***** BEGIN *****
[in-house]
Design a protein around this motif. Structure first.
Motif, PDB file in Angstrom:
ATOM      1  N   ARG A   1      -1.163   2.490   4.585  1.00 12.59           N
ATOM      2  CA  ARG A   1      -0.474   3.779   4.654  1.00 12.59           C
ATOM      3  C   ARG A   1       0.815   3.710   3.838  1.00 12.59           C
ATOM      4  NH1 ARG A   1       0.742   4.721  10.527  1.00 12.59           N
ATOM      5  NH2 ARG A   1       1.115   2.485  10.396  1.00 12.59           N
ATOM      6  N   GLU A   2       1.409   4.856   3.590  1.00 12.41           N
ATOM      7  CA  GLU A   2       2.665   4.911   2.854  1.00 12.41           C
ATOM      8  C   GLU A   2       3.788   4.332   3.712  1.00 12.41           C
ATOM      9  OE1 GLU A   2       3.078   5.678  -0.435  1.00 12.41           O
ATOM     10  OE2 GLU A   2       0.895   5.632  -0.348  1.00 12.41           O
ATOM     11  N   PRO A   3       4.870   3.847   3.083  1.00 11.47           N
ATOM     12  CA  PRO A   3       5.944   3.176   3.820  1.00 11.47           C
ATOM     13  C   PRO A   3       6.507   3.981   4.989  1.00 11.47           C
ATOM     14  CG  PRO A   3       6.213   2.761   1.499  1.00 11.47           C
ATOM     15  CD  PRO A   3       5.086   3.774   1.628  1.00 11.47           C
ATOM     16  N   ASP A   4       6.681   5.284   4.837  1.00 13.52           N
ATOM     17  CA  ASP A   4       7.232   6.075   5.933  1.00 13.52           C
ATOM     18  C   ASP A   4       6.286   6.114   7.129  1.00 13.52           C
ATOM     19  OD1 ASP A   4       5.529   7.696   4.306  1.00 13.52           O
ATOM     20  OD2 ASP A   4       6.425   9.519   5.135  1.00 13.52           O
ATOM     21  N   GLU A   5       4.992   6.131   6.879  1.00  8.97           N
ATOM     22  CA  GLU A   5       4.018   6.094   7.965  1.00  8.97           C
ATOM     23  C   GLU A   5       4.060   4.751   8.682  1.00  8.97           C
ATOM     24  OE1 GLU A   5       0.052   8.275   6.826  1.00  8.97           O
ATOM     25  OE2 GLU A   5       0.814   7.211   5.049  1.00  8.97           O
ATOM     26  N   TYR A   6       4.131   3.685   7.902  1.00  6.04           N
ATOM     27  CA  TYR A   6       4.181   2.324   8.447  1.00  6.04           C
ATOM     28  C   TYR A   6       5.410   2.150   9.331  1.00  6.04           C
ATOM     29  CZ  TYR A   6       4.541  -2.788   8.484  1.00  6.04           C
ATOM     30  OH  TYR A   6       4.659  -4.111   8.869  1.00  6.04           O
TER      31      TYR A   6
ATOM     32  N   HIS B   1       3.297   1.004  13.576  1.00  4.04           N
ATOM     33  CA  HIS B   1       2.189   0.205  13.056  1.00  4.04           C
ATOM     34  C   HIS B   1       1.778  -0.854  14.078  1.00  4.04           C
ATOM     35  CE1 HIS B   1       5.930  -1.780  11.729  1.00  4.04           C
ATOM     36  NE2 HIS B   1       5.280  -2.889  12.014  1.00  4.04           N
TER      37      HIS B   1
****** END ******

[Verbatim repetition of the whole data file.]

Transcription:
[in-house]
Design a protein around this motif. Structure first.
Motif, PDB file in Angstrom:
ATOM      1  N   ARG A   1      -1.163   2.490   4.585  1.00 12.59           N
ATOM      2  CA  ARG A   1      -0.474   3.779   4.654  1.00 12.59           C
ATOM      3  C   ARG A   1       0.815   3.710   3.838  1.00 12.59           C
ATOM      4  NH1 ARG A   1       0.742   4.721  10.527  1.00 12.59           N
ATOM      5  NH2 ARG A   1       1.115   2.485  10.396  1.00 12.59           N
ATOM      6  N   GLU A   2       1.409   4.856   3.590  1.00 12.41           N
ATOM      7  CA  GLU A   2       2.665   4.911   2.854  1.00 12.41           C
ATOM      8  C   GLU A   2       3.788   4.332   3.712  1.00 12.41           C
ATOM      9  OE1 GLU A   2       3.078   5.678  -0.435  1.00 12.41           O
ATOM     10  OE2 GLU A   2       0.895   5.632  -0.348  1.00 12.41           O
ATOM     11  N   PRO A   3       4.870   3.847   3.083  1.00 11.47           N
ATOM     12  CA  PRO A   3       5.944   3.176   3.820  1.00 11.47           C
ATOM     13  C   PRO A   3       6.507   3.981   4.989  1.00 11.47           C
ATOM     14  CG  PRO A   3       6.213   2.761   1.499  1.00 11.47           C
ATOM     15  CD  PRO A   3       5.086   3.774   1.628  1.00 11.47           C
ATOM     16  N   ASP A   4       6.681   5.284   4.837  1.00 13.52           N
ATOM     17  CA  ASP A   4       7.232   6.075   5.933  1.00 13.52           C
ATOM     18  C   ASP A   4       6.286   6.114   7.129  1.00 13.52           C
ATOM     19  OD1 ASP A   4       5.529   7.696   4.306  1.00 13.52           O
ATOM     20  OD2 ASP A   4       6.425   9.519   5.135  1.00 13.52           O
ATOM     21  N   GLU A   5       4.992   6.131   6.879  1.00  8.97           N
ATOM     22  CA  GLU A   5       4.018   6.094   7.965  1.00  8.97           C
ATOM     23  C   GLU A   5       4.060   4.751   8.682  1.00  8.97           C
ATOM     24  OE1 GLU A   5       0.052   8.275   6.826  1.00  8.97           O
ATOM     25  OE2 GLU A   5       0.814   7.211   5.049  1.00  8.97           O
ATOM     26  N   TYR A   6       4.131   3.685   7.902  1.00  6.04           N
ATOM     27  CA  TYR A   6       4.181   2.324   8.447  1.00  6.04           C
ATOM     28  C   TYR A   6       5.410   2.150   9.331  1.00  6.04           C
ATOM     29  CZ  TYR A   6       4.541  -2.788   8.484  1.00  6.04           C
ATOM     30  OH  TYR A   6       4.659  -4.111   8.869  1.00  6.04           O
TER      31      TYR A   6
ATOM     32  N   HIS B   1       3.297   1.004  13.576  1.00  4.04           N
ATOM     33  CA  HIS B   1       2.189   0.205  13.056  1.00  4.04           C
ATOM     34  C   HIS B   1       1.778  -0.854  14.078  1.00  4.04           C
ATOM     35  CE1 HIS B   1       5.930  -1.780  11.729  1.00  4.04           C
ATOM     36  NE2 HIS B   1       5.280  -2.889  12.014  1.00  4.04           N
TER      37      HIS B   1